Wednesday is Hawaiian Shirt day, again. Let the ukuleles ring out, and we’ll celebrate with one of my favorite cereal commercials:


– Jonny

Pour some Shuggie on me

26 06 2007


Did a little shopping for my brother-in-law’s birthday at the ARChive sale today.

Is everyone hip to this trip? Shuggie Otis’ Inspiration Information re-issued on vinyl, with bonus tracks, we got a big stack of them, AND THEY ARE TWO DOLLARS APIECE! A slice of pizza costs more. Dave’s a fan of all things Otis: Johnny, Shuggie and I imagine Otis the Drunk, if it comes down to it, so I think he’ll dig it.

No Ivor Biggun at the sale, but who knows, you might find some Thin Lizzy if anyone wants to celebrate PH‘s freedom by jammin’ “Jailbreak” on the stereo.

– Jonny

Gore Verbinski, Pirate of 1980s Punk Rock

25 06 2007

The other day I was cataloging a box of 80s punk and metal records (lots and lots of bad 80s metal from Metal Blade Records) and came across this record:

Little Kings

Not a bad cover, I s’pose.  Anyway, it stood out because it was the only record in the box that had a textured sleeve.  (Plus, the cover reminded me a little of a Kreator single I used to have.)  Another thing that struck me was that it was released in 1989 by Epitaph, making it sort of an early Epitaph record.  So, I put it on.  Not bad music.  Excitedly (well, as excitedly as he gets), Phast Phreddie comes up and asked me if I put it on.  Turns out the drummer, Chris Bailey, was in Phreddie’s old group Thee Precisions :

Checking out the rest of the group, something struck me about the lead singer/guitarist’s name “Gregory Verbinski.” It was really familiar, I just couldn’t put my finger on what it was, though.  This is what he looked like:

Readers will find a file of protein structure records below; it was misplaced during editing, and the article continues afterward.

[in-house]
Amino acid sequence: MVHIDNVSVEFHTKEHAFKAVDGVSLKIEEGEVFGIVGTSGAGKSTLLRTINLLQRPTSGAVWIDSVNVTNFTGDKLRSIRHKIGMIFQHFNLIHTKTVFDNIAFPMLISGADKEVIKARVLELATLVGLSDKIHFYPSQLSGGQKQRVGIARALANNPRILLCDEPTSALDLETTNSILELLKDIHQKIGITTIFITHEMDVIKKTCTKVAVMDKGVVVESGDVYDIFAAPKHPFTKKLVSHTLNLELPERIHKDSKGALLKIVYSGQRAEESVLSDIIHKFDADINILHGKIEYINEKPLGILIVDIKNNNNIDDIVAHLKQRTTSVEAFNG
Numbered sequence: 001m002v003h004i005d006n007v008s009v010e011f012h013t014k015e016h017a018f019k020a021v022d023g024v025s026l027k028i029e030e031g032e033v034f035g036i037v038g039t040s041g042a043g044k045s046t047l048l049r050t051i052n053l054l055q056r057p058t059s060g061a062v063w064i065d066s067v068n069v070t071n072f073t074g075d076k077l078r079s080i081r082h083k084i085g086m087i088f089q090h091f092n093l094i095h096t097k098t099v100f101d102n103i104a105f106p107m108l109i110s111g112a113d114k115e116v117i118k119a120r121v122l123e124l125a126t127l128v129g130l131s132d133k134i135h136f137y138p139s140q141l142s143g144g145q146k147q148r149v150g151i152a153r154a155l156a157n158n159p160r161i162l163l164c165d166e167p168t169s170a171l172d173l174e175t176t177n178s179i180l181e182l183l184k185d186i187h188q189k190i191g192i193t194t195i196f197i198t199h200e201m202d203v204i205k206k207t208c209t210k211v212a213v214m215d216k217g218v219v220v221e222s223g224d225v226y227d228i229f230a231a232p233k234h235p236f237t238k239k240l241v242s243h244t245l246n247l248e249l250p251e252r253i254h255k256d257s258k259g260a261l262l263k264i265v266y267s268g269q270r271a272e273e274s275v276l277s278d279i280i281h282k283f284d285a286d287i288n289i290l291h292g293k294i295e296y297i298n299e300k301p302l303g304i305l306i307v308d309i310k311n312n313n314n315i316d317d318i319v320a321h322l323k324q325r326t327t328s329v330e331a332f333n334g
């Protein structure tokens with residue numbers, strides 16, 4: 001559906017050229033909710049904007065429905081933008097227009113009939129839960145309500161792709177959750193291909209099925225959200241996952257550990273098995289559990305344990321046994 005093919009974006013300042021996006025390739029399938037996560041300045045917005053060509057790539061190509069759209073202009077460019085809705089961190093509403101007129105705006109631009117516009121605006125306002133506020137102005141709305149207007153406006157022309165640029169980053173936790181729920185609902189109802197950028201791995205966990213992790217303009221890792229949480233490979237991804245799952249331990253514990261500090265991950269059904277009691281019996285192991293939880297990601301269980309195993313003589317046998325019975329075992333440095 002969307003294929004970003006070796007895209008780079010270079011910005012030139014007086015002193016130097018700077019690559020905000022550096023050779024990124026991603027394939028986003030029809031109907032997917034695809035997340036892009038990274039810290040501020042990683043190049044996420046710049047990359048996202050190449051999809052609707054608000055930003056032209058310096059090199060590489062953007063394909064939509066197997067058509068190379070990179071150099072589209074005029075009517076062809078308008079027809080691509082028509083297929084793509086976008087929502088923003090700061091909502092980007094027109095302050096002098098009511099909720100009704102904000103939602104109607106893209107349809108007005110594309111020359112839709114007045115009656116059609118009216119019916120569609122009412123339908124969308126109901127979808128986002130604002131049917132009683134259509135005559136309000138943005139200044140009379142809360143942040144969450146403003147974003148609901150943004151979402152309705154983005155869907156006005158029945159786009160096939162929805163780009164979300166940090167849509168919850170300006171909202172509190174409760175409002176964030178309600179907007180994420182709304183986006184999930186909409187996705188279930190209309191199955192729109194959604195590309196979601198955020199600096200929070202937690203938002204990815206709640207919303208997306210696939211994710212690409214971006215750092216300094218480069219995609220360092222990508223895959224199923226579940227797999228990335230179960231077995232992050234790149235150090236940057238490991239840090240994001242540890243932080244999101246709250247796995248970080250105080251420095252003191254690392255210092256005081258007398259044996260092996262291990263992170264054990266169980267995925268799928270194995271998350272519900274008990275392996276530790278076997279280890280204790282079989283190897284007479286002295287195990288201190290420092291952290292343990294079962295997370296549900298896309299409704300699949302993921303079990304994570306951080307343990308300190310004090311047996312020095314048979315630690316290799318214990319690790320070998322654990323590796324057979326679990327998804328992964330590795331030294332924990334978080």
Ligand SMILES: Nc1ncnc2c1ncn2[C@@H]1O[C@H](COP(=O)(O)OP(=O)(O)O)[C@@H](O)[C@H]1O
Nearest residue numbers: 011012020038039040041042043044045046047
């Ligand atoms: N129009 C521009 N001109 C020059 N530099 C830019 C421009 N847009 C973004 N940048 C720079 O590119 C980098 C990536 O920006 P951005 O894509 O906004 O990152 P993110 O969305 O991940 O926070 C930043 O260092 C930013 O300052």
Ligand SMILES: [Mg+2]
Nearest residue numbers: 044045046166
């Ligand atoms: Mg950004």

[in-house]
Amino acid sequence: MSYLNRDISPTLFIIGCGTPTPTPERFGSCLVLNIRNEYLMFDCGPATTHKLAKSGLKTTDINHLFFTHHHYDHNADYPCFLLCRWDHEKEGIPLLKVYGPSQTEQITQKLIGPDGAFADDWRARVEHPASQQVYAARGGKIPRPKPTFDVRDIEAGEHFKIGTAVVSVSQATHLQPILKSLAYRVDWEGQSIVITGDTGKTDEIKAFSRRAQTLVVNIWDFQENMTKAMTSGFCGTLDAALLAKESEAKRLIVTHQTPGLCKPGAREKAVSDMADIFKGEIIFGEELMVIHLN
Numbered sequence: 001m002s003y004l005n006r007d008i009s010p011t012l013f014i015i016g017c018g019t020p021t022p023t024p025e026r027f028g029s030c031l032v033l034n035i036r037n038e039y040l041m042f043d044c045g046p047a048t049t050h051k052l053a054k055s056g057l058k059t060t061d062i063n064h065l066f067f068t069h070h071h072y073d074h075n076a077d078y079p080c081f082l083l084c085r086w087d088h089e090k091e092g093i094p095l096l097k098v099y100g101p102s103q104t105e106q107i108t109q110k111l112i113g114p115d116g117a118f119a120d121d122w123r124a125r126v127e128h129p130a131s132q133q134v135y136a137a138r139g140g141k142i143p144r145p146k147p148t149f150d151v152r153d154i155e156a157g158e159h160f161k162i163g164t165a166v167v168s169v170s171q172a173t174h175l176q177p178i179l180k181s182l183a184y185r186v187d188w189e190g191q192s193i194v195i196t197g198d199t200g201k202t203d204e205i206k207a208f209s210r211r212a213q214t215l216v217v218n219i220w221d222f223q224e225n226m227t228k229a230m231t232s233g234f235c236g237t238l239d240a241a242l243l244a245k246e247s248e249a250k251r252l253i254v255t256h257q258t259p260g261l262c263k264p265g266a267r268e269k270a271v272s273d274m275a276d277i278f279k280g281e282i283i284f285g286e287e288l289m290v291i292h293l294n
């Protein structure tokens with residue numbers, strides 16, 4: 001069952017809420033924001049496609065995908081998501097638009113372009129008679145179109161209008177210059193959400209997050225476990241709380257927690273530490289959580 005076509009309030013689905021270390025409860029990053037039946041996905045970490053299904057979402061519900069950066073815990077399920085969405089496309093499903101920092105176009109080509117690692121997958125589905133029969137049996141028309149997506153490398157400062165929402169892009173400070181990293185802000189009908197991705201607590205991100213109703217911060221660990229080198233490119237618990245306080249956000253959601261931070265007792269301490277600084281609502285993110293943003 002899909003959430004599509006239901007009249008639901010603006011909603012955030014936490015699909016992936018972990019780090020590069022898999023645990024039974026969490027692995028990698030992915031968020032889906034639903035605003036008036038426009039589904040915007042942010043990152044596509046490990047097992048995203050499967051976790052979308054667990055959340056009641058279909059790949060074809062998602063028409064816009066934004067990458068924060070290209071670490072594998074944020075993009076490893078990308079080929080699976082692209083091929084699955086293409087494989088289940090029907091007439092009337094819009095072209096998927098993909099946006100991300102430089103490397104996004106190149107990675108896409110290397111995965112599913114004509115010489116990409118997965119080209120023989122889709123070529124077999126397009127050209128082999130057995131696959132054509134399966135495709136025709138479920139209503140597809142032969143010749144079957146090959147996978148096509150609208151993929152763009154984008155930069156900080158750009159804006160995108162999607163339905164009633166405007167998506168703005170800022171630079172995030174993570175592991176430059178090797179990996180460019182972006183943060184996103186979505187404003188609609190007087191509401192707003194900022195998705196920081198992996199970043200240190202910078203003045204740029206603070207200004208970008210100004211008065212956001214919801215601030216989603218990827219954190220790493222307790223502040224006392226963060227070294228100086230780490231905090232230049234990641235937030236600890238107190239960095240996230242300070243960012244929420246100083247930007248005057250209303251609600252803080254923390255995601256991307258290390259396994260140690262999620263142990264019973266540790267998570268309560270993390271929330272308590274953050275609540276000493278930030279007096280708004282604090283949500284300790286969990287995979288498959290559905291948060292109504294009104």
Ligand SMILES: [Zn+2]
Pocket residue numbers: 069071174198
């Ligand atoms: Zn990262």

That didn’t help me figure it out, and because it really started bugging me I googled it.  Turns out that after being in the Little Kings, “Gregory” Verbinsky went to film school, changed his name to Gore Verbinski and became a director.

He went on to direct all sorts of successful big budget films, most recently, the Pirates of the Caribbean franchise.  Apparently, Phreddie knew him a little “back in the day.”

Gore, if you’re out there reading this, we’d love it if you dropped by the ARChive.  We could order Vietnamese sandwiches (best in the city!) from the Sáu Voi, show you around the place and talk about stuff and things!  If it’d make you feel more comfortable, we could even try to get our new friend Joe Franklin to come by as well.  It’d be a grand old time.

Looking forward to hearing from you,


Guess what I have in my hand

25 06 2007

I’m becoming a bit of a specialist, I’m afraid. Whenever a comedy record comes over the transom, usually found tucked discreetly in a dark corner of a large donation of music, it lands on my desk. Don’t know what gave it away, but when this one surfaced there was a distinct suspicion that it might be in the funny-ha-ha category and hence my domain.
Well, whaddaya know, Ivor Biggun is in fact a comedy act! He is the alter ego of one Robert “Doc” Cox, though why he felt he needed a name change to make masturbation jokes is way beyond me. As if dick jokes aren’t enough to endear the ARChive gang, he’s also an artiste of the George Formby variety, a master of the ukulele. Here’s Mr. Biggun in action: